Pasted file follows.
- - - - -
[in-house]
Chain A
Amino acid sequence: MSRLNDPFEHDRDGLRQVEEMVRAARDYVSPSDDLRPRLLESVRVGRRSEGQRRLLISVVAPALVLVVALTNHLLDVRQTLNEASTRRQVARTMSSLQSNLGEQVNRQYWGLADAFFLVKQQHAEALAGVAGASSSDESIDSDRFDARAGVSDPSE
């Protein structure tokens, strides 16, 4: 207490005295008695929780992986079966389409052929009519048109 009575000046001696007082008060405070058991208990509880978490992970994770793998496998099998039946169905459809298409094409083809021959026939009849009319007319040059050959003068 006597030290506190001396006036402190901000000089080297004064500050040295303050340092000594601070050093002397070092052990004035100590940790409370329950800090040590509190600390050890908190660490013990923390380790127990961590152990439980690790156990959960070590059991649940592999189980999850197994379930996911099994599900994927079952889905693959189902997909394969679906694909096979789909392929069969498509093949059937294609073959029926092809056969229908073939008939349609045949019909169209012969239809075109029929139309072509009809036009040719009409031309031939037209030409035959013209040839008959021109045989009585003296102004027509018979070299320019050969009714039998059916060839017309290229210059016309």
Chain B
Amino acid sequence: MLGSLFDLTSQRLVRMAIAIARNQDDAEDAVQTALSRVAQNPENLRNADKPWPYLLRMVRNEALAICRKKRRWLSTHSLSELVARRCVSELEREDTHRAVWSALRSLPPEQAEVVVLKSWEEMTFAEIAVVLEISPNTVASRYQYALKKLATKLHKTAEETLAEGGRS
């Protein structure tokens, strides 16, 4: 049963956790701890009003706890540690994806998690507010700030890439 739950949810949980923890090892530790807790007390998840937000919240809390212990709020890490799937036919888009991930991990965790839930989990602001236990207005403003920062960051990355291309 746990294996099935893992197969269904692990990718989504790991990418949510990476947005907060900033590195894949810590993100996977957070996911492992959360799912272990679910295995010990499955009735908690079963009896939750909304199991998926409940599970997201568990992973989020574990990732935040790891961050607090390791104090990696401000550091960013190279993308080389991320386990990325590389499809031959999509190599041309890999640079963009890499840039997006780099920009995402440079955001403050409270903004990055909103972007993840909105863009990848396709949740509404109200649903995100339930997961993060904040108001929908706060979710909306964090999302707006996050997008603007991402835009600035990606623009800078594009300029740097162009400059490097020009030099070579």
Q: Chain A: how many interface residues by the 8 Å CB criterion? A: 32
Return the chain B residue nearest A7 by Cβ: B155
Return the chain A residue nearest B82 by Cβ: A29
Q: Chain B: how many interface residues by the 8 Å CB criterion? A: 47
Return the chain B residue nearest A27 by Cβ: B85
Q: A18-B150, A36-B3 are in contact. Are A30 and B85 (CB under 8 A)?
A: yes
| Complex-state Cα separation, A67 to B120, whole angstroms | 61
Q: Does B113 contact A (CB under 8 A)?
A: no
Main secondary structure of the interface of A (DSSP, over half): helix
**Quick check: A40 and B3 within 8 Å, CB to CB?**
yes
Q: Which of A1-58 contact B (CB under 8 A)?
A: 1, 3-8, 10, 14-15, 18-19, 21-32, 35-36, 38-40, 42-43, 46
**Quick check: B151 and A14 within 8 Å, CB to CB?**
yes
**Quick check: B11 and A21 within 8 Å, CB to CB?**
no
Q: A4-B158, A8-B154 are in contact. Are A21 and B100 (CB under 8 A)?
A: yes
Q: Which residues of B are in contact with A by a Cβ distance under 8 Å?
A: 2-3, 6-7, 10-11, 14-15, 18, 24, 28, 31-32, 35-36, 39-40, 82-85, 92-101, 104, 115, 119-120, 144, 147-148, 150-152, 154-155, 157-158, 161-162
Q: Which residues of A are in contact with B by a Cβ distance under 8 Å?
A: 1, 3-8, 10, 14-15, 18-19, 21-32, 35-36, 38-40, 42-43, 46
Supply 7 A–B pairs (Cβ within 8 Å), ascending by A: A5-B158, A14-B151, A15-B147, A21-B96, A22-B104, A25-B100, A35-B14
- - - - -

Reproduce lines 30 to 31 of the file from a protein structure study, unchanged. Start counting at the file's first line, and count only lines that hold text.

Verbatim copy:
A: 2-3, 6-7, 10-11, 14-15, 18, 24, 28, 31-32, 35-36, 39-40, 82-85, 92-101, 104, 115, 119-120, 144, 147-148, 150-152, 154-155, 157-158, 161-162
Q: Which residues of A are in contact with B by a Cβ distance under 8 Å?